Just a quick glance at a map of the region reveals a myriad of gastronomic heartlands with a huge diversity of styles, techniques and flavors employed to make some of the worlds truly great dishes: from the heavily spiced tagines of North Africa, to the rich, buttery, wine-laden recipes of France, the glorious, herb-rich meat kebabs of Greece to the simple and light pasta based dishes of Italy - where the ingredient is king.
There is so much to be discovered, one could spend a lifetime studying the dishes of any one of these culinary giants, but is it possible to bring the flavors of these great countries home without devoting an age to the task?
In decades past this was almost an impossibility, simply because the necessary ingredients to create some of the more exotic dishes were not readily available to the average Joe. Nowadays, however, even the smallest supermarket chains sell a good selection of herbs, spices and sauces from all over the globe. Furthermore, as the world's cultures become more deeply mixed, more and more specialist stores are springing up, giving yet more variety and allowing the chef at home to recreate almost any dish they have the inclination to attempt.
The essential ingredient is experience
Where to start? Cookery books and internet recipes are all very well and good, but there can be no substitute for experiencing the sights, smells and tastes of a place for yourself. My own personal culinary awakening was triggered by a short visit to France, where I discovered that food could be more than just a thing on a plate - it could be the basis of an entire culture. Taking away just a small piece of that culture in the four days I was there has helped me to better understand the food I have come to cook at home.
When it comes to the Mediterranean - unless you have exceptionally deep pockets - there can be no better way to take in all the diversity than on a cruise and what could be more fitting than a cruise line offering food and wine tours. There are plenty out there, many designed specifically with the foodie in mind, giving you the opportunity to immerse yourself in the traditions and cuisine at your chosen ports of call. This will give you a base from which to build, giving experiences which will - if you're anything like me - inspire you to recreate the dishes you have tasted on your own particular adventure.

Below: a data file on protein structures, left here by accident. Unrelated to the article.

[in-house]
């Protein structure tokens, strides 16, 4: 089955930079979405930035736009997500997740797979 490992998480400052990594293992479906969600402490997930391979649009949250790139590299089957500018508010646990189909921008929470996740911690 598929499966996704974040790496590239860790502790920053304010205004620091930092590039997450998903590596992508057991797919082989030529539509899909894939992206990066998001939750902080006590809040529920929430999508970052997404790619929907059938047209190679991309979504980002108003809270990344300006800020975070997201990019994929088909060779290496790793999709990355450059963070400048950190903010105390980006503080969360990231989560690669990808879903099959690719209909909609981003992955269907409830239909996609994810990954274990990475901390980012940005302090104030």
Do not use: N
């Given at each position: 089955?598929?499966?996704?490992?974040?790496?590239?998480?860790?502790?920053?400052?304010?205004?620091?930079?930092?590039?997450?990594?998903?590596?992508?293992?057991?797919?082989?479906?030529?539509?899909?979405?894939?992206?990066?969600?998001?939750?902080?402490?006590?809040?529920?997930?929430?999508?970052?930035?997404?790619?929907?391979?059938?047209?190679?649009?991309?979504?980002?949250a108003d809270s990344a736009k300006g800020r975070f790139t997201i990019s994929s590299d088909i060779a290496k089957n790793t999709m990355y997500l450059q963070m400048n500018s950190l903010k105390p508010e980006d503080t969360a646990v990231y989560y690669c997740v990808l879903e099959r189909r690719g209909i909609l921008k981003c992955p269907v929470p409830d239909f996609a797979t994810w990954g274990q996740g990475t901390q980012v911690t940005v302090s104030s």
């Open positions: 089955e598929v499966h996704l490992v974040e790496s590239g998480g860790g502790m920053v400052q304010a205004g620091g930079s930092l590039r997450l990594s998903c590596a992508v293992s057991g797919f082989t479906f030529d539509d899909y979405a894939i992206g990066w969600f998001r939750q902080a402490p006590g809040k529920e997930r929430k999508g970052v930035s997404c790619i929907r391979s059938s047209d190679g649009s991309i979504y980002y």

Keep it simple while maintaining the flavors
Of course, it is impossible to become an expert on any culture's food in just a few short days. However, it can be more than enough time for you to discover just one or two favorite dishes from each location. You can then take them home with you, using the flavors you have experienced as a guide. It is then up to you how complex you want to make the dish.
A great example of a simple, tasty dish is the classic French chicken stew, Coq au Vin. Now, you can always go the full "Julia Child's", cooking the mushrooms, onions and chicken in separate pots and pans before bringing the whole ensemble together in a single casserole. But the recipe linked above is a little more straightforward - using just the one pan - but it still maintains the essential flavors of a gorgeous, winey, sumptuous Coq au Vin, just as you might find cooking in any French kitchen. The key is knowing the flavors you need to create before you start.
A little research of foodie websites such as The Deck Chef.com, or even a swift Google search will turn up endless recipes. However, without first-hand knowledge, how are you to know whether what you are making has that authentic taste?
Take this guide to the traditional Moroccan Tagine - what could be simpler? Just a few cooking stages, and nothing more technical than a little chopping and simmering. The key to the recipe is not a complex cooking process, but the experience to know what flavors make a great Moroccan tagine for you.
In the end there can be no substitute for going yourself, as without experiencing true Mediterranean cooking - or any other world cuisine - trying to recreate the iconic dishes of the region is like taking a shot in the dark. Why not make your next holiday a foodie holiday, and keep the taste of the Med with you well beyond the end of your vacation?
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